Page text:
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Maria I. Villarroel-Zeballos, Chunda Feng, Angela Iglesias, Lindsey J. du Toit and James C. Correll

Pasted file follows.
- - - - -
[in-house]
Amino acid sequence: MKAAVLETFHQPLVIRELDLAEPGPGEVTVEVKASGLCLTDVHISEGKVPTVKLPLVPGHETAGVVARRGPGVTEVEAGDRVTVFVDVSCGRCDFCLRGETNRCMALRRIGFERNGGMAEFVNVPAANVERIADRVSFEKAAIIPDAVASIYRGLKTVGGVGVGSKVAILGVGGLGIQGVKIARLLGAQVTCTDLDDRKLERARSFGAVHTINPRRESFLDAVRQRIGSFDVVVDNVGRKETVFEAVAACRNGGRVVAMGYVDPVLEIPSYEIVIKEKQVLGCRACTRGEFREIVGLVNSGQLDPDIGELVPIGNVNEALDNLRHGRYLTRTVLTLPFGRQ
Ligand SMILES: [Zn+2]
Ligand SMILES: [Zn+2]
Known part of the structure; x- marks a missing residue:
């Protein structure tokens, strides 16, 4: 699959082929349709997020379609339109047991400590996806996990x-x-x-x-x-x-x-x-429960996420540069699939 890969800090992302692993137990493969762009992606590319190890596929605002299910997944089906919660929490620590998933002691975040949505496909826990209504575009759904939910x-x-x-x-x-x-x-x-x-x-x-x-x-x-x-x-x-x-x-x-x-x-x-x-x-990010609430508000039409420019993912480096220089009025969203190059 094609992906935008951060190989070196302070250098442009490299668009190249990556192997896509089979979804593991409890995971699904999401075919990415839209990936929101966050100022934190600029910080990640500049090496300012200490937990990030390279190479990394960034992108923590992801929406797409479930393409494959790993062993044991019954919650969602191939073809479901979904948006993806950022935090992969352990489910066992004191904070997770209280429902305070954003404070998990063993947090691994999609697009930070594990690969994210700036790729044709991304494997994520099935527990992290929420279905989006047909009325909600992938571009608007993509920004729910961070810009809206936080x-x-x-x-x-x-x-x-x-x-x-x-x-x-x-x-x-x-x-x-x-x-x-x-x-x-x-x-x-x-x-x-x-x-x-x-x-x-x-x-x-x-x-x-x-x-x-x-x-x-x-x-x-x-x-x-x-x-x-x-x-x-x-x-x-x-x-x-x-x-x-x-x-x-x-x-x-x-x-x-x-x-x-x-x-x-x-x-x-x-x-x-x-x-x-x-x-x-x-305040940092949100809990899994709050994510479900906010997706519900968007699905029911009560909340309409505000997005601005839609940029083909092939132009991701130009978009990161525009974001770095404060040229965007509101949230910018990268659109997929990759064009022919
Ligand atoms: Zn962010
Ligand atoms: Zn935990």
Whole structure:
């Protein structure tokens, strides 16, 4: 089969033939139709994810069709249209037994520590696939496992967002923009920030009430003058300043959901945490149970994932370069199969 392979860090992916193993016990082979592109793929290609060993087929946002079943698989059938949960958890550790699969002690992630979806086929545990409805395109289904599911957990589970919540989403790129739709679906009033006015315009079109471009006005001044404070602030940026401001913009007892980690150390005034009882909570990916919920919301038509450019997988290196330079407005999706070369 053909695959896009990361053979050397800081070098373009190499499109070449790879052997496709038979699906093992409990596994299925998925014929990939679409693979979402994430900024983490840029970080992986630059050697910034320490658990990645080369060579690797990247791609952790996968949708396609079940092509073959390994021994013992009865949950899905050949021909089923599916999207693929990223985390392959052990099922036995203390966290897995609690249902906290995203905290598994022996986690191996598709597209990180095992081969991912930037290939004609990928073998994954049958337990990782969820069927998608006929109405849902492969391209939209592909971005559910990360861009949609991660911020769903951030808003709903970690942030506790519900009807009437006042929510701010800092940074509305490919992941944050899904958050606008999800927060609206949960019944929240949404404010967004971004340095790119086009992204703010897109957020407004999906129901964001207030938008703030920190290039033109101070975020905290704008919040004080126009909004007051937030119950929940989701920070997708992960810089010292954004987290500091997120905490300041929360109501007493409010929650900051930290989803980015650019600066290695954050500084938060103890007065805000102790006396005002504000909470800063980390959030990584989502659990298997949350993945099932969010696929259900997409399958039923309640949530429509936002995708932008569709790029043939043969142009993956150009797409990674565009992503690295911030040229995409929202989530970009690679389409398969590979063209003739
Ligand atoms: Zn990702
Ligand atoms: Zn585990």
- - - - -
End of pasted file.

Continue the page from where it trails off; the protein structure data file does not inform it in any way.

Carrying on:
Verticillium dahliae is a pathogen of spinach (Spinacia oleracea) during spinach seed crop production but not in vegetative leafy spinach crops, because plants remain asymptomatic until bolting has been initiated (conversion from vegetative to reproductive growth). The objectives of this research were to evaluate a set of USDA spinach germplasm accessions for resistance to Verticillium wilt and to determine the range in incidence of natural seed infection/infestation in a subset of the USDA spinach accessions screened for resistance. A total of 120 Spinacia spp. accessions from the USDA North Central Regional Plant Introduction Station spinach germplasm collection and 10 commercial S. oleracea hybrids were screened for resistance to V. dahliae in Trials 1, 2, and 3 in 2006, 2007, and 2008, respectively, in greenhouse evaluations. Each accession was grown in either V. dahliae-infested or non-infested potting mix and rated weekly on a seven-step scale from 1 week before bolting to 4 weeks after bolting. A wide range of disease severity ratings was observed among the accessions evaluated. Most of the accessions were highly susceptible. There was no evidence of qualitative resistance but some showed greater levels of quantitative resistance than others. Plants in soil infested with V. dahliae senesced faster and had significantly reduced biomass compared with plants in non-infested soil of the same accession. In addition, in Trial 2 (2007), 34% (20 of 59) of the seed samples assayed of the accessions were infested or infected with V. dahliae; and in Trial 3, (2008) 16% (21 of 130) of the seed samples of the USDA accessions evaluated were infested or infected with V. dahliae, V. tricorpus, or Gibellulopsis nigrescens (formerly known as V. nigrescens). These results are valuable for characterizing potential genetic variability within spinach germplasm for resistance to V. dahliae.